Hey Randy. Look for the local disability resource center in your town, or the closest one near your town. It is usually a non profit place that helps folks with disabilities negotiate the disability system. They will know the ropes. No matter what you should apply for SSI now with the knowledge that you wil be denied the first time. Most people are so plan for it. Good luck with this.

      • Livinfree(randy)

        Thanks Shelly for the good suggestions, i appreciate any advise. I am so impressed how engaged/caring everyone here on the vandwellers “tribe” is toward other peoples problems. I always look forward to checking the blog and forum everyday as it lifts my spirits!
        Love ya all!!!

    • Bob

      Hi Randy, life can be very complicated and convoluted. SSI is especially confusing. I am going to be applying myself but I have one last doctor visit first. The one thing I have been told is that you should apply now even if you might be rejected. Apparently being rejected the first time is normal. But, if you are eventually accepted, you will get back-pay to that first application. So, you really have very little to lose by applying and maybe much to gain. I wish you the best on that.
      Good for you for already getting your vehicle. Now no matter what happens you will never be homeless, you can always have a roof over your head. I wish you the best as you try to sort it all out! Bob

      • Livinfree(randy)

        Thanks Bob,
        I want everbody to know that everybody’s help and mental support gives me a renewed since of hope for mankind as it is a very “cold” world we live in!

        • Bob

          Randy, I know what it means to loose all sense of hope and one of my primary goals in life is to provide a little ray of light at the end of the tunnel. Of course I can’t do that, so my goal is to create a community where there is an abundance of mutual support.
          It’s wonderful people like you and all the other commenters that makes that happen. Right now there are 11 people in camp here, and when someone new comes in they are welcomed by everyone. Everyone is kind and helpful to everyone else. It’s a joy!
          Everyone is welcome, the more the better! Bob

    • Trisha

      Might have an answer for you. email me at

    • ILDan

      You need to contact a local SSI attorney. You could go with one of the ads on TV, but I’m dubious of anything on TV. Ask your family atty for a referral to a SSI specific atty.. He/she will usually charge a percentage only if you collect. The paperwork is horribly tedious and is set up to trip you up. Having a guide makes all the difference in knowing what to say and what to expect. Good luck and good health to you!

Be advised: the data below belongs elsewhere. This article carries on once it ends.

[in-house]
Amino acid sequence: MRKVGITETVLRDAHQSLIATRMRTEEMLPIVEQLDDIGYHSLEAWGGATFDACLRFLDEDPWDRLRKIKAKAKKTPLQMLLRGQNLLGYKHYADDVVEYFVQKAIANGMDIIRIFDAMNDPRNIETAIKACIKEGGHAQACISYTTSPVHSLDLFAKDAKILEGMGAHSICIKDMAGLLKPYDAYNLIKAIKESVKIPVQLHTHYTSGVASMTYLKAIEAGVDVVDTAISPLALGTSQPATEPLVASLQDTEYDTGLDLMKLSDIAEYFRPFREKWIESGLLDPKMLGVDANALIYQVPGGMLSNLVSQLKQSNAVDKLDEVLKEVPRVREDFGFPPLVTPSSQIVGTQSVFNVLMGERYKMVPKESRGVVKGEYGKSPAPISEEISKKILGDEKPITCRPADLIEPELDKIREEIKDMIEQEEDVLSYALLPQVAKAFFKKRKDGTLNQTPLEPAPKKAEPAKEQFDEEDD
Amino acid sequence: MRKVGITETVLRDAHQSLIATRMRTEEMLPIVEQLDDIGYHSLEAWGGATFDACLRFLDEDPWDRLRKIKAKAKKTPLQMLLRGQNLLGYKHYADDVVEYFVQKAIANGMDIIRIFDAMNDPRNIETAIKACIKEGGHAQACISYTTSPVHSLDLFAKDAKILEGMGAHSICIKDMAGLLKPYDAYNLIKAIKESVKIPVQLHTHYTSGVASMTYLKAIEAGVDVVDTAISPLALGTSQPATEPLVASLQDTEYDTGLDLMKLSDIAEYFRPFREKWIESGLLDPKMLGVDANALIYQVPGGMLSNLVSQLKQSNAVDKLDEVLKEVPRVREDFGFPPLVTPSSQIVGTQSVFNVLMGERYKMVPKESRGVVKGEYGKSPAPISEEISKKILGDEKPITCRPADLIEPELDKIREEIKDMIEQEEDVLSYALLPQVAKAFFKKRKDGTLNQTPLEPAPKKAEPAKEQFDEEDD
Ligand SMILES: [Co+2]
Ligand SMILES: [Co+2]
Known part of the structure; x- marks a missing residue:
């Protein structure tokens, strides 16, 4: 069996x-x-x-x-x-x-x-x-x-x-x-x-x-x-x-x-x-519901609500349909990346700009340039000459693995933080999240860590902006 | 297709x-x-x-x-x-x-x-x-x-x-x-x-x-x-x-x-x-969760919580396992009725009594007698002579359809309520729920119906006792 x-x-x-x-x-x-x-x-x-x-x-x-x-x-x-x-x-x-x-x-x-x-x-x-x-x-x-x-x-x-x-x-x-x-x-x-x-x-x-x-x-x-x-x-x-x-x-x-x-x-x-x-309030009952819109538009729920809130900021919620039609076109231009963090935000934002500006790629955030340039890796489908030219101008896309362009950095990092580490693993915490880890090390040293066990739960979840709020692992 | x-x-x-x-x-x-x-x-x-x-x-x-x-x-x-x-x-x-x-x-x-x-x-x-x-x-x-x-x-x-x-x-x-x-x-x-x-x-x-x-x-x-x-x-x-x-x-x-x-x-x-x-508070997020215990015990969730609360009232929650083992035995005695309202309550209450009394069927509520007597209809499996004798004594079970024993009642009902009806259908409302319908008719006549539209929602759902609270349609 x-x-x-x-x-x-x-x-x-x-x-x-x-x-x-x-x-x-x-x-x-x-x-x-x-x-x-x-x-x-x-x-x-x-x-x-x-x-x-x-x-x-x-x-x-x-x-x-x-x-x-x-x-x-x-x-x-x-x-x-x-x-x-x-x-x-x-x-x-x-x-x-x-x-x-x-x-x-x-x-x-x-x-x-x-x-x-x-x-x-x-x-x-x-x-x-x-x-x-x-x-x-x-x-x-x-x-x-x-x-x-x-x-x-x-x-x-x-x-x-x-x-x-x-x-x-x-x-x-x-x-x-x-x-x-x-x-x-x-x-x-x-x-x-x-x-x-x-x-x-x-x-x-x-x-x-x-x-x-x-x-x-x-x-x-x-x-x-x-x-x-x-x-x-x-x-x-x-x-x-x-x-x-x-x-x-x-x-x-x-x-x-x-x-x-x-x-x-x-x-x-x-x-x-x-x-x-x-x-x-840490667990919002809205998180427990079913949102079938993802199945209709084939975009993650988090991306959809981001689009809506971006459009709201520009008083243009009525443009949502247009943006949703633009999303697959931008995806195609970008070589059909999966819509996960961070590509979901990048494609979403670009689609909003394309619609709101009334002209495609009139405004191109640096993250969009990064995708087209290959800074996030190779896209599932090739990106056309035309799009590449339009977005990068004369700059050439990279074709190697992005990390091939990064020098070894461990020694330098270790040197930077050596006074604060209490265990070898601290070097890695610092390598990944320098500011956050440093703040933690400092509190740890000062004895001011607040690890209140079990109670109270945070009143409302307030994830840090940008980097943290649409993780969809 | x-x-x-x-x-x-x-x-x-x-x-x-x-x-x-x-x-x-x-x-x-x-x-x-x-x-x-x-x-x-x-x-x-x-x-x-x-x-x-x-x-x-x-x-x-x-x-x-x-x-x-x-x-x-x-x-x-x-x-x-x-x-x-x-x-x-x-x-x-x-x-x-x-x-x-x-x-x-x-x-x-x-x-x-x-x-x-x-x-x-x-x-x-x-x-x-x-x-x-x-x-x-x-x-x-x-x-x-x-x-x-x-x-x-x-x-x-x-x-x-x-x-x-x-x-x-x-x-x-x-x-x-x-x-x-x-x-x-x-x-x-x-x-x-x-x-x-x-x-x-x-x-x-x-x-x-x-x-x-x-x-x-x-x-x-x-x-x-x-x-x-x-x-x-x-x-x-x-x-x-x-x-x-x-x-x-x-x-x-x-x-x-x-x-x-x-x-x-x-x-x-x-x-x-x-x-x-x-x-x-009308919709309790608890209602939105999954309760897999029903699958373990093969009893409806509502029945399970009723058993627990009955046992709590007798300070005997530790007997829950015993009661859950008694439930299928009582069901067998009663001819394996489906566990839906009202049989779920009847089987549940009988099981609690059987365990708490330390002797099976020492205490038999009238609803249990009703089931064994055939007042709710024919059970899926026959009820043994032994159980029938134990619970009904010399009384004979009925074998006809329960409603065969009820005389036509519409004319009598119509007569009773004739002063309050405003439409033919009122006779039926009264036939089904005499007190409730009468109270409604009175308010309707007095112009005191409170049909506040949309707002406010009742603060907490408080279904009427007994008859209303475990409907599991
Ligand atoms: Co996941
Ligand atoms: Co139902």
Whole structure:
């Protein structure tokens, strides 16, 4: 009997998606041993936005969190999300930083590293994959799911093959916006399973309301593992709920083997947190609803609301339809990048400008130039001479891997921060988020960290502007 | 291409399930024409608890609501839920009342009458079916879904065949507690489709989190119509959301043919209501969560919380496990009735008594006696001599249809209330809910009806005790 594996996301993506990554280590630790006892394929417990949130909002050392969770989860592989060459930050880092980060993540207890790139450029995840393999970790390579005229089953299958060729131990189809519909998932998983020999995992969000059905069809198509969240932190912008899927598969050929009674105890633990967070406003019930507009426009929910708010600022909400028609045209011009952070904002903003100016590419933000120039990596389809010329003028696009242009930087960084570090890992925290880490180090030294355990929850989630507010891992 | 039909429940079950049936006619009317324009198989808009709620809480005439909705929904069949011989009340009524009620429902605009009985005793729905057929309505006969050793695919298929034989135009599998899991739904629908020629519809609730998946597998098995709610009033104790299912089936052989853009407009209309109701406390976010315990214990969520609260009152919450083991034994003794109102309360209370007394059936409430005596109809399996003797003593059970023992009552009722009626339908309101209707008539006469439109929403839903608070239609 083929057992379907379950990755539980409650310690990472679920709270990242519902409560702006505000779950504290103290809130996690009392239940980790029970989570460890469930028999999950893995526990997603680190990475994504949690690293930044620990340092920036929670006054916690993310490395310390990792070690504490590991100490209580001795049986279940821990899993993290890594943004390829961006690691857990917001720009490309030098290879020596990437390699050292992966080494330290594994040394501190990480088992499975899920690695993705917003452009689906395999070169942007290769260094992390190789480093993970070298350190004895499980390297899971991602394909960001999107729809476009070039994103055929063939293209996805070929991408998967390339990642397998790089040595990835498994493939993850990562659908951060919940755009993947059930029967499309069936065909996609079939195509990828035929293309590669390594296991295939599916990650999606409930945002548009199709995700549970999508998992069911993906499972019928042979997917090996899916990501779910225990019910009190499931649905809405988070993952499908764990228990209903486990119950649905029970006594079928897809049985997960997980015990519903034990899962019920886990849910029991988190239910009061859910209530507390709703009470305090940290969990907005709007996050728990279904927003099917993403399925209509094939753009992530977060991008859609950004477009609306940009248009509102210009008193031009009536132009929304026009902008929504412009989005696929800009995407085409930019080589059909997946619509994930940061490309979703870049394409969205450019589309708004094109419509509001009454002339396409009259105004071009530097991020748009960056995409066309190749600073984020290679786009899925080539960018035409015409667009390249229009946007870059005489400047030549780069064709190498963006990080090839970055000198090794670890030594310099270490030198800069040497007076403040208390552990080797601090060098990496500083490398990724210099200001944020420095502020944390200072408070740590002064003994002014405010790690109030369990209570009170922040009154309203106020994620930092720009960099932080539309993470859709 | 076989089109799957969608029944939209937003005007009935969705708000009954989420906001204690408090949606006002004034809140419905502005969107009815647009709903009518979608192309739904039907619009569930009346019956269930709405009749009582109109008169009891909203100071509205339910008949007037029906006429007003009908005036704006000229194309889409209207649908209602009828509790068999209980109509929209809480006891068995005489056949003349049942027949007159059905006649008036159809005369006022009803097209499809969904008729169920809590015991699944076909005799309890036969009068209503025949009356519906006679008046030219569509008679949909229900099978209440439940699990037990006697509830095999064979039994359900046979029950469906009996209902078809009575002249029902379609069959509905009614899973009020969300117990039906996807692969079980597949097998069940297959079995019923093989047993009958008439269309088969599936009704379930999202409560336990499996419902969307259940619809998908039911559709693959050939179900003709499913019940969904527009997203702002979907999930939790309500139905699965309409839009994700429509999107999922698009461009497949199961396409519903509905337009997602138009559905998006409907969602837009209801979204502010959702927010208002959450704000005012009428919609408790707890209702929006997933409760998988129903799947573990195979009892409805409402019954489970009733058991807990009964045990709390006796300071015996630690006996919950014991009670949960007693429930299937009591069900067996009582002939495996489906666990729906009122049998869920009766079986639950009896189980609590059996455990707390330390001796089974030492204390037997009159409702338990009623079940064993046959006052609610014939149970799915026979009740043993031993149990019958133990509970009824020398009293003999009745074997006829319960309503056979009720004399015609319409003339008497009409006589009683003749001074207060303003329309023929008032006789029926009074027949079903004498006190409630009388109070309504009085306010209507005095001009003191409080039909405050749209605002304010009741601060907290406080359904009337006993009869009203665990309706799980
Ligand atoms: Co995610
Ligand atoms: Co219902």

2. Kadi

    This was an encouraging blog for me in that I also am a retired homeowner who will never “own” the house. The costs of owning a home for the long haul were impressive however, there was no comparison to van living. Maybe I havn’t explored the web site enough but I would like to get a picture of how much van dwelling costs – campgrounds, travel gas, etc.

    • Bob

      Kadi, it is very difficult to give you an estimate on how much vandwelling will cost you. I bet I have more than a dozen friends who live on less than $1000 a month very comfortably. They never seem to lack money. I also have many friends who make up to $1500 a month and at that end of the month they are always broke. The difference is the lifestyle they choose to maintain. The least income I am aware of is a guy who lives in his van on $400 a month and from everything I can tell he is quite happy, healthy and content. I know several people living on $600 a month who are also very content.
      You don’t have to spend anything on campgrounds if you live in a van. In the 10 years I have been full-timing I have spent $10 on campgrounds. In the city you can stealth park and in the country you can disperse camp on free BLM or National Forest Land. As far as traveling, that is totally up to you. Some travel a lot and budget for the gas, and others travel very little. I know someone on a very tight budget who sets aside $100 a month for gas. When that’s gone, he stops driving.
      The bottom line is it is possible to live on very, very little money when you live in a van. Bob

  3. ced

    All the talk of money makes a lot of sense. the main thing that holds me back is that I don’t want to lose the one place where the law can’t harass me. In any vehicle they just drive up, knock, and say ‘move on pal’. You know most will see you as a vagrant.

    • Bob